Fox took him in. Lacy white sleeves spilled from an outsize velvet doublet. Silk stockings sagged into puddles around his ankles, above the tops of huge buckled shoes. His thighs were too slender for the pantaloons, and instead of puffing up as they ought to, they hung around his knees. The whole effect was dreadfully unbecoming—outright laughable, if it weren’t for the situation—as if the thinnest little chick were given clothes meant for a fat capon.

He ordinarily looked far different: unobtrusive, unassuming. His usual clothes were meant not to catch on anything, but not to foul his movements either, tough enough to hold up and fit well enough to accommodate intense activity. Under Fox’s regard he tried anxiously to smooth what he wore, but he couldn’t make it look well, or himself appear to advantage.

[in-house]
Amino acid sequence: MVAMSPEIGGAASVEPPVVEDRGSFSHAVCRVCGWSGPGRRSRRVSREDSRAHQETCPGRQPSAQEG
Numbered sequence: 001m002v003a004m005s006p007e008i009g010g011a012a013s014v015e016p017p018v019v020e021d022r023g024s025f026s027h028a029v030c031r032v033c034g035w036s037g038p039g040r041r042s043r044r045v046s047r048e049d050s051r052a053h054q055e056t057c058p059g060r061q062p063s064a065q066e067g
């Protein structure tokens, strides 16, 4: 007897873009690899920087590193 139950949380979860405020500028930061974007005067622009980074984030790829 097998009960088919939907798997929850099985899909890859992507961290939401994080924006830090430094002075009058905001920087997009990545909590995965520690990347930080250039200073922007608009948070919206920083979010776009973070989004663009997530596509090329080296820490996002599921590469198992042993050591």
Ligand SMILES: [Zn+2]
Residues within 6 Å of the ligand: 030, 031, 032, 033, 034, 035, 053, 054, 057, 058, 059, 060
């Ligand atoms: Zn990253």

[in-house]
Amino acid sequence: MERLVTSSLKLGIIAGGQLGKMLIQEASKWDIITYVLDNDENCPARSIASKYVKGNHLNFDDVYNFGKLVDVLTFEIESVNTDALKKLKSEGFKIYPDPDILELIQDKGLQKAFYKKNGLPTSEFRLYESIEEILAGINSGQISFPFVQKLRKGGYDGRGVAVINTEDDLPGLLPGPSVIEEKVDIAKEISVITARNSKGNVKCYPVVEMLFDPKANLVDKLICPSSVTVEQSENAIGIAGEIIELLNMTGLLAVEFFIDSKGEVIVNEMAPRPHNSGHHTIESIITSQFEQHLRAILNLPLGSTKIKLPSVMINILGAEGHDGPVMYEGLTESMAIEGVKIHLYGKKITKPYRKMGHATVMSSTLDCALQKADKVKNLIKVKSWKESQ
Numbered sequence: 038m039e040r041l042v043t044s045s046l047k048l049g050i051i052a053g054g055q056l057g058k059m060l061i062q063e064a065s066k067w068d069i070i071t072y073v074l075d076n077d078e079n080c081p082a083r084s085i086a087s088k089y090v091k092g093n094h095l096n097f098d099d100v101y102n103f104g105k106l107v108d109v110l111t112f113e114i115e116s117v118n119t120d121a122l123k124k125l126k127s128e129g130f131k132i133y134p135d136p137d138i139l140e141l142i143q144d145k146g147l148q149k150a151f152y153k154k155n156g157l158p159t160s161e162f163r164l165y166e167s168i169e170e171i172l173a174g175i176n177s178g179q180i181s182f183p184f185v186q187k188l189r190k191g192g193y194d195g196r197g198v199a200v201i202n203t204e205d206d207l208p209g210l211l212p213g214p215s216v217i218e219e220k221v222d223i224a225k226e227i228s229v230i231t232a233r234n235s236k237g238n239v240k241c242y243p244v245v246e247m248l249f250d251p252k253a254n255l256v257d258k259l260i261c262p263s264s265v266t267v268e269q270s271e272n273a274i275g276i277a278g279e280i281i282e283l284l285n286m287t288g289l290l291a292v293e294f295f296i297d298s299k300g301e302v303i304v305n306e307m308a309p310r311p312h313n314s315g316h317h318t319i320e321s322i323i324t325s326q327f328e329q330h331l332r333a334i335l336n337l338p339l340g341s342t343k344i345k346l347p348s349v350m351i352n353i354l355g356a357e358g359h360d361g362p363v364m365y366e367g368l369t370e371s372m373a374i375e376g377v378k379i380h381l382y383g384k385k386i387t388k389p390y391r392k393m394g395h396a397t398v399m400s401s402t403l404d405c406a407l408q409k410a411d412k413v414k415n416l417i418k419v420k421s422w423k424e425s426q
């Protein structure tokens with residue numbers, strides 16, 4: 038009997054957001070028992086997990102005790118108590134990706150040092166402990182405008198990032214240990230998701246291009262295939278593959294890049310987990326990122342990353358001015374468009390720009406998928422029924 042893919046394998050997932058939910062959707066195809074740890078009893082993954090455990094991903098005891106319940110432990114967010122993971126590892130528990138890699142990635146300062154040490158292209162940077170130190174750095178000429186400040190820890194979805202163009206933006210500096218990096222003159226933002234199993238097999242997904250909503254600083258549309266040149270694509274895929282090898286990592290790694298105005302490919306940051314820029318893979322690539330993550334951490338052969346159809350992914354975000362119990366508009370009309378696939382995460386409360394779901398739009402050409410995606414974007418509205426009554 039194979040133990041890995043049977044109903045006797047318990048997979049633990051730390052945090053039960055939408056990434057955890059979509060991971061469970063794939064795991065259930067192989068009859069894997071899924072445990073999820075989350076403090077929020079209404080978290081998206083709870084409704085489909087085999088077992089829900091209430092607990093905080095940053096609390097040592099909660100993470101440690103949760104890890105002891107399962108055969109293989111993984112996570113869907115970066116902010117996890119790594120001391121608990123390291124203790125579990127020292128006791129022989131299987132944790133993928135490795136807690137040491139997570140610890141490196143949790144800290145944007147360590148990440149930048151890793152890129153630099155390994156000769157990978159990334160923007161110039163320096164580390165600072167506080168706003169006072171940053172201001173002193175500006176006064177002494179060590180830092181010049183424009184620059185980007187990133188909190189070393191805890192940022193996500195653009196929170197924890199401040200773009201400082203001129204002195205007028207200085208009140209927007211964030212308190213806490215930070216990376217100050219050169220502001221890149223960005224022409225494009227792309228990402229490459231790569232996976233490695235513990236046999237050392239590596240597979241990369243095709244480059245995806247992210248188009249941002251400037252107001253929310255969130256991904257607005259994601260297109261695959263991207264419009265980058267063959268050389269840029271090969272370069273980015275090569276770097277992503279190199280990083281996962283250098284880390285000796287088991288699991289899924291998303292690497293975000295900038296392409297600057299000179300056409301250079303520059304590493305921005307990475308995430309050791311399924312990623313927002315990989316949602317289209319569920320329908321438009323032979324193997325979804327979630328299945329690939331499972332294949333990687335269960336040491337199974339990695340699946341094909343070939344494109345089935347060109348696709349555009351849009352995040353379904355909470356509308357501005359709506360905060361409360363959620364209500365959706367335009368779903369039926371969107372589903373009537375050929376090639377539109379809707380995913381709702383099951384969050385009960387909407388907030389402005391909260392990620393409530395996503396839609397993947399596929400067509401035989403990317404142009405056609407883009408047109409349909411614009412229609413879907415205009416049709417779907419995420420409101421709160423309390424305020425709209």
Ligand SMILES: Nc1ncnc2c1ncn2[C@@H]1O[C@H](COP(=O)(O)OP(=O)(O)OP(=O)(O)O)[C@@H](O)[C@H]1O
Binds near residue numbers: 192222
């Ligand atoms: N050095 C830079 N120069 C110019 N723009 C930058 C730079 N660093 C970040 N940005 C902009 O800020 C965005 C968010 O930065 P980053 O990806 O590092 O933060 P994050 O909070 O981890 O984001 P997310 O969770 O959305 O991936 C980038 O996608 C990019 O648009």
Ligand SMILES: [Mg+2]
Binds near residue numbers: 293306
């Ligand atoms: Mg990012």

How little it mattered! Fox’s mouth curved in an involuntary smile. Most people wouldn’t have tried to apply an adjective like “sweet” to Eagle Eye, but with Fox he was sweet as the strawberry preserves on a breakfast buffet. He tried valiantly to smile back, but it didn’t quite come off.

Snippet Sunday #14

For Snippet Sunday this week, a little piece of an untitled work in progress (yes, I know, I have a million). This one’s about Kirsten Kalt, and it ought to go in a Tales from the Knights collection, if I can get my act together.

~*~

The familiar kid-again smell of the barn enveloped Kirsten as soon as she stepped inside. It was much warmer in here; the bodies of the reindeer made it a pleasant place to be in winter, even if it cooled off quick after they left. She yanked her mittens off with her teeth and put back her hood, never mind the flyaway hair it gave her.